ByKit Simpson Browne, writer at
Writer-at-large. Bad jokes aplenty. Can be gently prodded on Twitter at @kitsb1
Kit Simpson Browne

There are a whole lot of different ways to become a legend in Hollywood. Some choose the path of infamy, and battle their demons in the public eye. Others opt to seek the greatest level of fame possible, making whatever sacrifices necessary to do so. Others still fight their way to prominence through decades of endless miniature roles, before finally getting their shot at the big time.

Jack Larson did none of those things. Instead, he became a legend - especially in the geek community - for being precisely who he wanted to be, and making no apologies for that fact. He faced life on his terms - and continued to do so up until his death, dying peacefully "with his beloved dog Charlie" nearby, according to long-time friend Alan Howard, who confirmed Larson's death.

If you had asked Larson whether he was living life on his own terms back in the 1950s, however, he'd most likely have laughed you out of the room. Born in 1928 in Los Angeles, the young man had by 1952 developed a burgeoning career as a film actor - one that he would have happily traded in for a shot at Broadway success.

Soon, though, his agent came to him with an offer from a new Superman TV series - the role of Superman's pal, Jimmy Olsen, set to appear on screen for the first time. It wasn't well received by Larson:

"I didn’t want to do it...but my agent said, ‘Look, you want to get to New York. You don’t have any money. Nobody will ever see this show so take the money and run.'"

Which, as it turned out, proved to be deeply, deeply untrue.

The Adventures of Superman proved a hit, and Larson soon found himself bombarded by nearly as much fan attention as the show's Superman-portraying lead, George Reeves.

As he told the New York Times back in 2006:

"To me, it was a nightmare...Everywhere I went, it was, ‘Jimmy! Jimmy! Hey, Jimmy, where’s Superman?’ Suddenly, I couldn’t take the bus or the subway anymore. It absolutely freaked me out."

And then, in 1958, it was all over - with George Reeves' death the year after placing the show's moment firmly in the past. Larson, though, found himself very much alive...and out of work.

Which, as it turned out, was where Larson's real life began. While things initially looked bleak...

"I was really bitter for years, about being [typecast], and it absolutely wrecked my acting career...They didn’t want Jimmy Olsen walking through their films."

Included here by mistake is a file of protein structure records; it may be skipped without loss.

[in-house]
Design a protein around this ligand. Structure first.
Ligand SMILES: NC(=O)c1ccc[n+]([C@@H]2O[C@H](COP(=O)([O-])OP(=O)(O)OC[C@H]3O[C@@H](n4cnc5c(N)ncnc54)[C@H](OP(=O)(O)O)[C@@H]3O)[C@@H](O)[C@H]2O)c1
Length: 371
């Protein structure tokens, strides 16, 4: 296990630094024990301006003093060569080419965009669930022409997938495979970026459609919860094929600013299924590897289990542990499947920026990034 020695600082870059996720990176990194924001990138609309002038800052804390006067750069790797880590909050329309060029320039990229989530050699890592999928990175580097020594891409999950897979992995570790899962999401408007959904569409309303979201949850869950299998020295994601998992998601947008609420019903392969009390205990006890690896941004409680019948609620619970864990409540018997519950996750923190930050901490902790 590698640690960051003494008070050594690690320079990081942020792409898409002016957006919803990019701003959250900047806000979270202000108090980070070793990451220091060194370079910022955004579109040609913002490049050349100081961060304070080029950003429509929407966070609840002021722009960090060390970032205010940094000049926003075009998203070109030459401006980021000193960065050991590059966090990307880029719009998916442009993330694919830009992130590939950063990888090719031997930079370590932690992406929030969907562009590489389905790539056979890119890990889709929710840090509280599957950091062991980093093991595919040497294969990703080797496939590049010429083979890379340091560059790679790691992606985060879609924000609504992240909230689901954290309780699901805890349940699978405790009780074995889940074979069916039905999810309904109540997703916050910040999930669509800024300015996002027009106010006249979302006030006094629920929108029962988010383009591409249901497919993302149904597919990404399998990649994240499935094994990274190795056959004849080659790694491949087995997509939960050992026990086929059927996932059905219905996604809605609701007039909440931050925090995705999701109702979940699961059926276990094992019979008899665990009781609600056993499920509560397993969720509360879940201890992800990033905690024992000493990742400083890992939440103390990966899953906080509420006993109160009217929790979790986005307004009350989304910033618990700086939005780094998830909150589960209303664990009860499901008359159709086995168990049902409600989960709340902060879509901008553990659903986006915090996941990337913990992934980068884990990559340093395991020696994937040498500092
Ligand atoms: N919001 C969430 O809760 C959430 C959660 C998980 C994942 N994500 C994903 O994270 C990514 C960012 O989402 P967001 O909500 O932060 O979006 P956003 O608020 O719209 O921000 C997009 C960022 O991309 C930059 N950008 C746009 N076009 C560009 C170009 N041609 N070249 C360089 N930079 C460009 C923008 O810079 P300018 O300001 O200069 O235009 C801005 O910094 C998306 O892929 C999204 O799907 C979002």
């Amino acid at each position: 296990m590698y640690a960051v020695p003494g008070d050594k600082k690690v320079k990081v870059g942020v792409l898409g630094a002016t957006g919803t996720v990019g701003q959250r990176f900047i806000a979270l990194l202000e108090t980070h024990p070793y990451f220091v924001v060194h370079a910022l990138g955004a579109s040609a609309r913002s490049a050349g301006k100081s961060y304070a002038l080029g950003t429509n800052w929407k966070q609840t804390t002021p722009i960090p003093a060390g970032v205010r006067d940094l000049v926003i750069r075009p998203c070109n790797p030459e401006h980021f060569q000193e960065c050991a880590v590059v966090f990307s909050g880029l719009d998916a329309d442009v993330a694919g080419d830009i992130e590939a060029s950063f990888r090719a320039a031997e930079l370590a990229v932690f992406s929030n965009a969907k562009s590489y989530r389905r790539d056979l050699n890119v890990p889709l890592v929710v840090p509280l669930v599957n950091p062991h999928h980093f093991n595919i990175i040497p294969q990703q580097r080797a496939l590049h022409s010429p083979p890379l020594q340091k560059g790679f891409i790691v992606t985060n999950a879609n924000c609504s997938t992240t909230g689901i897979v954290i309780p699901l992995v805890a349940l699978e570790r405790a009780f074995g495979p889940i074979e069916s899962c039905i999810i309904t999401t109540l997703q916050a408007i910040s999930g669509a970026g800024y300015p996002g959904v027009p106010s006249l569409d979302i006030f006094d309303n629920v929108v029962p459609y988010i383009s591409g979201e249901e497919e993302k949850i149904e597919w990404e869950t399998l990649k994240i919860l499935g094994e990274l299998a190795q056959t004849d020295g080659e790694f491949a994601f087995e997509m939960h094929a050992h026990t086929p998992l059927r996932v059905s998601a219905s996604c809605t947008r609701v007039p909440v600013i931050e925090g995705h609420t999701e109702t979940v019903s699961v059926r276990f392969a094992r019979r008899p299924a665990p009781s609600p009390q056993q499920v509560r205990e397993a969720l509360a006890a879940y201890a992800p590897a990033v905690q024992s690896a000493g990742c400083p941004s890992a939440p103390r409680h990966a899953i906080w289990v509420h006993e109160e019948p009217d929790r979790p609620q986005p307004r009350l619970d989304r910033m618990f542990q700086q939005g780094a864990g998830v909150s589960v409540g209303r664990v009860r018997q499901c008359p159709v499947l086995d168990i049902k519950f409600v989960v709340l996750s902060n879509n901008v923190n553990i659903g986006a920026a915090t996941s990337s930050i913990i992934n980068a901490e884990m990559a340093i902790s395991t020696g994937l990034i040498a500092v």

...a major change in Larson's personal life prompted him to switch life in LA as a struggling actor for New York, and writing for Broadway. That change? The realization - and personal acceptance - of being gay.

Larson had become romantically involved with movie legend Montgomery Clift, and it was reportedly at the older actor's prompting that he shrugged off his casting struggles by heading to New York. That move, combined with meeting his longtime life partner, writer and director James Bridges, sparked a whole new phase of Larson's life.

Larson's greatest success as a writer came in 1972, when the opera Lord Byron - for which he wrote the libretto - opened at the Juilliard Theatre in New York, and he went on to produce several of Bridges' films, but it was a change in approach to his own past that arguably most defined his later years.

After years of struggling with having been so defined by playing Jimmy Olsen, Larson finally embraced the role that had made him famous, and was - by the 1980's - a fixture on the TV nostalgia circuit. What's more, he began to feel very differently about young Mr Olsen:

"Everywhere I go, I get the warmest feelings from people about Jimmy...They love him, and I grew to feel that I could never have done anything more special than be Jimmy Olsen."

By the 1990's, those feelings were warmly reciprocated not only by fans, but by filmmakers too. Larson found himself on the small screen once more, with a cameo role in Superboy back in 1991. In 1996, he even got the chance to play Jimmy Olsen once more, in an episode of Lois & Clark: The New Adventures of Superman in which Olsen found himself preternaturally aged.

Flash forward to 2006, and Larson even found himself featuring in a major Superman movie, taking on a role as a bartender opposite yet another Jimmy Olsen in Superman Returns.

What's more, throughout it all, he developed about as healthy an approach to his past as any of us could ever hope for:

"I know that, though I go on writing, and if I should win the Pulitzer Prize, and indeed the Nobel Prize, when they write my obituary it will say, ‘Jack Larson, best remembered as Jimmy Olsen on the popular 1950s Superman series’...I'm pleased with it, I'm proud of it, and I would certainly do it again in hindsight...It's nice not to be forgotten."

He may indeed be best remembered as Jimmy Olsen on the popular 1950s Superman series - and he may never have won that Pulitzer - but Jack Larson isn't going to be forgotten anytime soon.

And sometimes, even for a screen legend, that's enough.

What do you reckon, though?

via Washington Post, LA Times


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